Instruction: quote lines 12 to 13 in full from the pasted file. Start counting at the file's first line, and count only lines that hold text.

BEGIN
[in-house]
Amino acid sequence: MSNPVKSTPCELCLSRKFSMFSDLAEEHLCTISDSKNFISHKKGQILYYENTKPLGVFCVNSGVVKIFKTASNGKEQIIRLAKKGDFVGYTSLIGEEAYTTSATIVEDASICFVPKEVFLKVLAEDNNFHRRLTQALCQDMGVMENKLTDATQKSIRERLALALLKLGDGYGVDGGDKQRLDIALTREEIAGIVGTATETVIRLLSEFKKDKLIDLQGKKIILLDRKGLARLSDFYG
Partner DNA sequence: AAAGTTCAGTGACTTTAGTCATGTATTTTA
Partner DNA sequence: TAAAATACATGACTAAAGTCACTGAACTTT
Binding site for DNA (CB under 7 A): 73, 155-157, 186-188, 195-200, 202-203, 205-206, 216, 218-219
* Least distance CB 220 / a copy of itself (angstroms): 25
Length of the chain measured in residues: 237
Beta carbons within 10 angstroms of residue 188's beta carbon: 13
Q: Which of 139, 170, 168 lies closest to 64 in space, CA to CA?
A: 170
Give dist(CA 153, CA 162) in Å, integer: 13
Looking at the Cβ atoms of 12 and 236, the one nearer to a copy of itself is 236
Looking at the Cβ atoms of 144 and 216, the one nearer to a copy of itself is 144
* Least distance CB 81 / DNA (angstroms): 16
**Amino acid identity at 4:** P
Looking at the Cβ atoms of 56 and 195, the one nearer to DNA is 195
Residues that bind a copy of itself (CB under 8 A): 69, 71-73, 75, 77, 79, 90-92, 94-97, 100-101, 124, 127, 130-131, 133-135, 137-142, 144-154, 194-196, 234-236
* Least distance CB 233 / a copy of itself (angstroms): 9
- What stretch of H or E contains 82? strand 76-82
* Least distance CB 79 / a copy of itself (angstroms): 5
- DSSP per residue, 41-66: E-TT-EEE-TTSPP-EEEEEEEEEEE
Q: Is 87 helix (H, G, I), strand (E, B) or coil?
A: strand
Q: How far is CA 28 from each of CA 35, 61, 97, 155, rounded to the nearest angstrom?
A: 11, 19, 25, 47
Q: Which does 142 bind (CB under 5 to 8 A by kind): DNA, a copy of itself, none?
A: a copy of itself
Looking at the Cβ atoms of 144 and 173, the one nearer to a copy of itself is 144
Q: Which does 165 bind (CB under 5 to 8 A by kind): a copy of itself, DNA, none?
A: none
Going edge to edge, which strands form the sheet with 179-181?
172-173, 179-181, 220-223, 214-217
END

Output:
Looking at the Cβ atoms of 12 and 236, the one nearer to a copy of itself is 236
Looking at the Cβ atoms of 144 and 216, the one nearer to a copy of itself is 144